However, the divorce of humans from nature is artificial and untenable. Environmentalists implicitly admit as much. An extreme view of some is that humans are inherently polluters and plunderers and, for the sake of all “natural” species, should be obliterated from the earth. That position presupposes that nature is normative. But no other species is capable of normative judgments. Hence nature is incomplete without man to serve the function of normative agent. Man becomes a necessity in nature.

Similarly, value judgments contained in such phrases as “damaging the ecology” or “destroying the ecology” also fuse man as an inextricable part of nature. From a detached scientific standpoint, ecologies in nature are neutral, merely phenomena to be studied. A change in one set of ecological relationships creates simply a different set of ecological relationships. Placing relative values on various ecologies brings the person doing so into a relationship with the relationships. The human becomes part of the ecology.

The term “ecosystem” also presupposes human involvement. The premise of ecology is that everything is ultimately connected to everything else. Thus there can exist only a single ecosystem, the solar system at the least if not the universe. A swamp is connected to precipitation patterns that alter its dimensions and characteristics, and precipitation patterns are connected to ocean currents, whose fluctuations are connected to other natural phenomena, and so on. Thus what is usually referred to as an ecosystem is actually an arbitrarily delimited subset of the one great ecosystem. On a practical level, an ecosystem may be defined as a crude human construct devised in an attempt to model a portion of the natural world. An ecosystem is a product of a human desire to deal with objective reality. As such, the essential element in any ecosystem is the human mind.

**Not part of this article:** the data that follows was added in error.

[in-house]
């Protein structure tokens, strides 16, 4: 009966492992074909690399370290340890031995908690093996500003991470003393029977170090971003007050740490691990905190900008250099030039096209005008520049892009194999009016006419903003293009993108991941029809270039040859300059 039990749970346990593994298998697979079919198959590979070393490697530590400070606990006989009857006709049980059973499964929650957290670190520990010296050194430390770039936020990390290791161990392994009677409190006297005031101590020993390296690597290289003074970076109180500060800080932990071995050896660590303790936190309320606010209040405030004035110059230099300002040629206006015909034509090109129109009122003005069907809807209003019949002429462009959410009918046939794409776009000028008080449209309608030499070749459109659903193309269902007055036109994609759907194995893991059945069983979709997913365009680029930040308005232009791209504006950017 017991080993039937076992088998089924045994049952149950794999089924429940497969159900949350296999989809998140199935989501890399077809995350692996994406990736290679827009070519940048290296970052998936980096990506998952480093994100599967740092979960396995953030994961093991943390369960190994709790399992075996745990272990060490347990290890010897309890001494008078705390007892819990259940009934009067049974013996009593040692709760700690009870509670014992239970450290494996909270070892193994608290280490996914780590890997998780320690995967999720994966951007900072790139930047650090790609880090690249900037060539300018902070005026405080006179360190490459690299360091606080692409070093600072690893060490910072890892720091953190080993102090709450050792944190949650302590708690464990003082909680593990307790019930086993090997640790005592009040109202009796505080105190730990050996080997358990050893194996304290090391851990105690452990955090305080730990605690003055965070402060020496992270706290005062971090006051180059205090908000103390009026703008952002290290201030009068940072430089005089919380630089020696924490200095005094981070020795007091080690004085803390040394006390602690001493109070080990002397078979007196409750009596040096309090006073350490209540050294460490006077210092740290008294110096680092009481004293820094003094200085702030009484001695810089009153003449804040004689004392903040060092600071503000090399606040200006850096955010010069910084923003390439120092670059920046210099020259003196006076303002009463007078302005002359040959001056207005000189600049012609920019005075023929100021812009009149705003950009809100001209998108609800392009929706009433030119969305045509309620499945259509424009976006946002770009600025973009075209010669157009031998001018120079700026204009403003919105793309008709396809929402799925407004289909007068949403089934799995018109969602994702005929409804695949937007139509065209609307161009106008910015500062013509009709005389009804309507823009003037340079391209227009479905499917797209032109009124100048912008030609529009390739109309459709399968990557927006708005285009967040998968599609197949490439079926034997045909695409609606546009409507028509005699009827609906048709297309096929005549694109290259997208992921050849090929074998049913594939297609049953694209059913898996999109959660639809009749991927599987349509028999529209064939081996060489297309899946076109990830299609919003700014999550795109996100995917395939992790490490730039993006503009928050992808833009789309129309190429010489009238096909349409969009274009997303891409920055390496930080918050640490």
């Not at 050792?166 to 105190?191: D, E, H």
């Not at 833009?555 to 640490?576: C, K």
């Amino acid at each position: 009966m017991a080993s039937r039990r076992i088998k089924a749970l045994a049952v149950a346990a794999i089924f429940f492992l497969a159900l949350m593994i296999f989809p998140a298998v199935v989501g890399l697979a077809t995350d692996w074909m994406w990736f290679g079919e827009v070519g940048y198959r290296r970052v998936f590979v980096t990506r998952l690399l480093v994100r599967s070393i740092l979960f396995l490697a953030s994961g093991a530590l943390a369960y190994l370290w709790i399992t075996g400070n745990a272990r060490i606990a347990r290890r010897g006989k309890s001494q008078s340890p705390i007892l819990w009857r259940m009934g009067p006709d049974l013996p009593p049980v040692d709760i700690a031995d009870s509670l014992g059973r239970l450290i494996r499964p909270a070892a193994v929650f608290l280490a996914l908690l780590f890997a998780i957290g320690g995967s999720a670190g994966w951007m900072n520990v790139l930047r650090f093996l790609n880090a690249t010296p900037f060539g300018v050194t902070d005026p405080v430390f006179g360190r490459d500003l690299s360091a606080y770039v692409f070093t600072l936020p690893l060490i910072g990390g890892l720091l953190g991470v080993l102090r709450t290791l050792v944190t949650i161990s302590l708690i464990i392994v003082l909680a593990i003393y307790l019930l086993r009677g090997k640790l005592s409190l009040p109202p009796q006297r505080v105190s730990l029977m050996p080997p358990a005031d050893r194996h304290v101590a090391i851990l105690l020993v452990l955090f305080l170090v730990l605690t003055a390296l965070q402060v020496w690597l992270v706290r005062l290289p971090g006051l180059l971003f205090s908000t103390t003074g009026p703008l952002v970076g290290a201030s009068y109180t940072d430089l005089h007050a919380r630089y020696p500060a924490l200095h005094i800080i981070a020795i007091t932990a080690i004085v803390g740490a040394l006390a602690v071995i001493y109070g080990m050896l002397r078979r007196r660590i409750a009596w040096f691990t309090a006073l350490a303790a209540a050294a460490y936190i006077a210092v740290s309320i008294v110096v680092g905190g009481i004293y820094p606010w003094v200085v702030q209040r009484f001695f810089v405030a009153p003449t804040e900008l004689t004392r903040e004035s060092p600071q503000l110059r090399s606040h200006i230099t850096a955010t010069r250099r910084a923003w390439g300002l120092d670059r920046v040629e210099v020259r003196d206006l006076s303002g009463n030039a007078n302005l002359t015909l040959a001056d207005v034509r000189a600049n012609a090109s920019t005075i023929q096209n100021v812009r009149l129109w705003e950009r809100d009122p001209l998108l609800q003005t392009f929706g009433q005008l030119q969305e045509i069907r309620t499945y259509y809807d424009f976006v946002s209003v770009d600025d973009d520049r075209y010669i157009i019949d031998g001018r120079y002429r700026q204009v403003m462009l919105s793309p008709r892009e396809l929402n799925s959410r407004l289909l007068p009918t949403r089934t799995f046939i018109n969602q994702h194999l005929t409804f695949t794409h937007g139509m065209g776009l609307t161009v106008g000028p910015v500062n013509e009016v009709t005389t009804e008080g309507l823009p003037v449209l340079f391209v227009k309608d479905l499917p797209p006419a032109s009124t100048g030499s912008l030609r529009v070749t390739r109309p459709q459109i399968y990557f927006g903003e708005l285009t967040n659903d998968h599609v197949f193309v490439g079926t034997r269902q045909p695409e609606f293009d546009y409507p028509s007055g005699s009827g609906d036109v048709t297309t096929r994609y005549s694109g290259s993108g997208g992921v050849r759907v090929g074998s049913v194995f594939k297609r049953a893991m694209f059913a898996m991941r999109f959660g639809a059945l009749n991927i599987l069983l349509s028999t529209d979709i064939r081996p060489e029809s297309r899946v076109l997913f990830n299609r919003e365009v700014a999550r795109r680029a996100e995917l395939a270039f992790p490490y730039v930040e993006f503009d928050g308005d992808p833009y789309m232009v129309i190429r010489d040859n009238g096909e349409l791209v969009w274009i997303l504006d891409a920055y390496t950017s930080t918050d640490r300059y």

Human Presence

The inescapable human presence within ecology is also suggested by the term itself. Although inventors of new words can define them however they wish, Haeckel’s apparent thought process is instructive. For the root, he appropriated the Greek word for house. Ecology literally is the study of the house.